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Defense Sec. Lloyd Austin in ‘good condition’ as hospitalization approaches two-week mark: Pentagon officials

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The Pentagon confirmed Saturday that Secretary of Defense Lloyd Austin remains hospitalized, nearly two weeks after he was admitted due to complications from surgery for prostate cancer.

Providing an update on the health of Austin, who has been hospitalized at Walter Reed National Military Medical Center since Jan. 1, Pentagon press secretary Maj. Gen. Pat Ryder said the defense secretary is ‘in good condition’ and that it’s still unknown when he will be released.

‘He’s in contact with his senior staff and has full access to required secure communications capabilities and continues to monitor DOD’s day-to-day operations worldwide,’ Ryder said of Austin. ‘We do not have a specific date for Secretary Austin’s release from the hospital at this time but will continue to provide daily updates until then.’

The Pentagon publicly revealed Jan. 5 that Austin had been in the hospital since Jan. 1 due to complications from elective surgery.

But it was later revealed that not only was the media kept in the dark, but the highest levels of the White House and top officials in the Pentagon itself were not aware until Jan. 4 Austin was in the hospital.

The non-disclosure prompted a flurry of bipartisan concern, with top Democrats and Republicans on the House and Senate Armed Services committees calling for more transparency.

In a recent statement to Fox News White House correspondent Peter Doocy, the White House confirmed President Biden continued to have ‘full trust and confidence’ in the Pentagon’s leader.

‘The president has full trust and confidence in Secretary Austin. He’s looking forward to him being back at the Pentagon,’ the official said.

The Pentagon echoed the White House sentiment in a statement to Fox News Digital earlier this week, saying Austin also has no plans to resign.

‘Secretary Austin has no plans to resign,’ Pentagon press secretary Major General Pat Ryder said. ‘He remains focused on conducting his duties as secretary of defense in defense of our nation.’

Details emerged Wednesday indicating Austin’s chief of staff, Kelly Magsamen, was aware of her boss’s hospitalization Jan. 2 but did not inform Deputy Defense Secretary Kathleen Hicks, who took on some of the defense secretary’s duties during the initial hospital stay.

Ryder told reporters this delay was in part due to Magsamen having the flu.

A senior U.S. defense official told Fox News Wednesday a military assistant from Austin’s office notified a counterpart in Hicks’ office of the transfer of authority to her Jan. 2.

Then, on Jan. 4, it was Magsamen who notified the chief of staff for Hicks that Austin had been hospitalized Jan. 1 and that his condition was improving.

When asked by Fox News if it was senior military assistant Lt. Gen. Ron Clark who spoke to the military assistant in Hicks’ office on Tuesday, the senior U.S. defense official did not have an answer and said a 30-day review will cover exactly who the military assistant was.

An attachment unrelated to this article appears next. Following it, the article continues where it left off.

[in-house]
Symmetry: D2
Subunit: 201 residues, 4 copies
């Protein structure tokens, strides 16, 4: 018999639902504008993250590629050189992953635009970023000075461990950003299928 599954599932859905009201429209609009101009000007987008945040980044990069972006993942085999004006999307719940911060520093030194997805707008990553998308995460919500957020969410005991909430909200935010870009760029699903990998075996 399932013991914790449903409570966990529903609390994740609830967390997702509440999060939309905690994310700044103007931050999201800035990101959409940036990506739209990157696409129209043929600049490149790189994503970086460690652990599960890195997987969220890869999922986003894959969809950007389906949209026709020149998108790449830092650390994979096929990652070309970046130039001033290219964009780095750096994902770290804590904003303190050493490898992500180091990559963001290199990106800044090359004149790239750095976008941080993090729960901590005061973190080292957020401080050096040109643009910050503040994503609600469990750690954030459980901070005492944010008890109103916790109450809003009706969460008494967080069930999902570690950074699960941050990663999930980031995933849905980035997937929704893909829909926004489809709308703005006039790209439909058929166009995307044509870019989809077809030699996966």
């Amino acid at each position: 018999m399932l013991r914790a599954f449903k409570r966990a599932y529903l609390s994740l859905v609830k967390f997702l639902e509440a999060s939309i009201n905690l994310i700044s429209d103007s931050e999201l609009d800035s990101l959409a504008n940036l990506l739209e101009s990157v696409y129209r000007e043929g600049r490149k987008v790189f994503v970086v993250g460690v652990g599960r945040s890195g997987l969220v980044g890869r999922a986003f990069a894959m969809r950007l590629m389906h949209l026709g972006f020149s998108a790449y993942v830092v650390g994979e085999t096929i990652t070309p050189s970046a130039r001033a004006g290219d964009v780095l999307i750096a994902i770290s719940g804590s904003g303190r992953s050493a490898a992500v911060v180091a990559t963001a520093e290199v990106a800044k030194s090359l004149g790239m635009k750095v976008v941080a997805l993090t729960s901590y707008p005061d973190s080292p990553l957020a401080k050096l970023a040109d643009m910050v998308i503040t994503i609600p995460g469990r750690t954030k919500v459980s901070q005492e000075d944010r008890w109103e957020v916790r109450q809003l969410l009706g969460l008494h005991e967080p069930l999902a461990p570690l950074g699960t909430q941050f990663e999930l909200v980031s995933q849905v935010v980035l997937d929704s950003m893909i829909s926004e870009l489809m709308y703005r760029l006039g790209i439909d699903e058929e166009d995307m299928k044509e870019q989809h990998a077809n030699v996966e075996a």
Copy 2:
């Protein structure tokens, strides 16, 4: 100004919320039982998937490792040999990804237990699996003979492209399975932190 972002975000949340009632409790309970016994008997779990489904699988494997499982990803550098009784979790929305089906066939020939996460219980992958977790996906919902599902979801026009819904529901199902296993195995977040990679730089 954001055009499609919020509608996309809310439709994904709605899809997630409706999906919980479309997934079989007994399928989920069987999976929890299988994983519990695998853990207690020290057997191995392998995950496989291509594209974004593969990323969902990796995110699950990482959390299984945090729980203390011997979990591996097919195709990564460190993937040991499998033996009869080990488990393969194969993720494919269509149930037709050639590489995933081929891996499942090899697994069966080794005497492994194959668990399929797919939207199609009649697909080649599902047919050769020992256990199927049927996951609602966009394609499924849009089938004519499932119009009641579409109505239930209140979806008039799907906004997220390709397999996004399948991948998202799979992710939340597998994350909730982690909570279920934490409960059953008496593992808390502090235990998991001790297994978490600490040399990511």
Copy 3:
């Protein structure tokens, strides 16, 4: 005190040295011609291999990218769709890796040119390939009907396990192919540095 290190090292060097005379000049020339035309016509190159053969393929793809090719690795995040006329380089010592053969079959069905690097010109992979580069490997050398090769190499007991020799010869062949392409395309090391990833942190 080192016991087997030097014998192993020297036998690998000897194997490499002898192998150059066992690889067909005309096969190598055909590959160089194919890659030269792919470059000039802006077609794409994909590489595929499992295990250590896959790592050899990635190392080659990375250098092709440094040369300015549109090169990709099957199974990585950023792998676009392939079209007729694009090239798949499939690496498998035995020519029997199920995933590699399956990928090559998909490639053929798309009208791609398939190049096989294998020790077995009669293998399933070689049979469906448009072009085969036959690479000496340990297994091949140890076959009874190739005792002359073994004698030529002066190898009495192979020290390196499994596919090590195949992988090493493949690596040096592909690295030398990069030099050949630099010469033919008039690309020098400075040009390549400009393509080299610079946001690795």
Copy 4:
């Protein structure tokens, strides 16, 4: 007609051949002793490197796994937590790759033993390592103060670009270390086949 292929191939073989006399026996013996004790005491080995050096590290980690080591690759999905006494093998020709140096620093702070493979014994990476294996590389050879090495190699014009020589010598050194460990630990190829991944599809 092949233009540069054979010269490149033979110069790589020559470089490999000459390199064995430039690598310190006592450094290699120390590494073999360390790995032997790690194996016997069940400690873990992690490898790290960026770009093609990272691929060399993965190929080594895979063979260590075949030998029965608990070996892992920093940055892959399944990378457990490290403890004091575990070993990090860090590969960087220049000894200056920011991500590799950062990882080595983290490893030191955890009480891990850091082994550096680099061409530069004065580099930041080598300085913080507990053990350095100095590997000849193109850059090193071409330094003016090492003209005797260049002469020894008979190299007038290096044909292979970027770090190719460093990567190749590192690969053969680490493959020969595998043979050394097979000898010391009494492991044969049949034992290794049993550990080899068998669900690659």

During a visit to small businesses outside Allentown, Pennsylvania, Biden said ‘yes’ when asked by reporters if it was a lapse in judgment for Austin not to tell him about his condition.

When a reporter asked him if he still has confidence in Austin’s leadership following his hospitalization debacle, Biden replied, ‘I do.’

Walter Reed National Military Medical Center revealed Tuesday that Austin was diagnosed with prostate cancer in early December and underwent a prostatectomy on Dec. 22.

The hospital added that the 70-year-old recovered uneventfully from his surgery and was released the following morning. His prostate cancer was detected early, and the prognosis was ‘excellent,’ according to the hospital.

Several House Republicans are going directly to Austin for more information on the decision-making that led to senior officials in the White House and Pentagon reportedly being in the dark for days about his recent hospitalization.

Rep. Claudia Tenney, R-N.Y., led a group of two dozen GOP lawmakers in writing a letter to Austin with questions about who was part of the decision to delay disclosure, how Austin would respond ‘if one of your combatant commanders was unable to discharge the duties of their office for three or four days and you were not informed’ and who was in the loop about his situation from the beginning, among other details.

In a post to X on Saturday, New York Republican Rep. Elise Stefanik wrote, ‘Secretary Austin and anyone who lied for him will be held accountable.’

The Associated Press, Fox News’ Anders Hagstrom, Greg Norman, and Sarah Rumpf-Whitten contributed to this report.

This post appeared first on FOX NEWS

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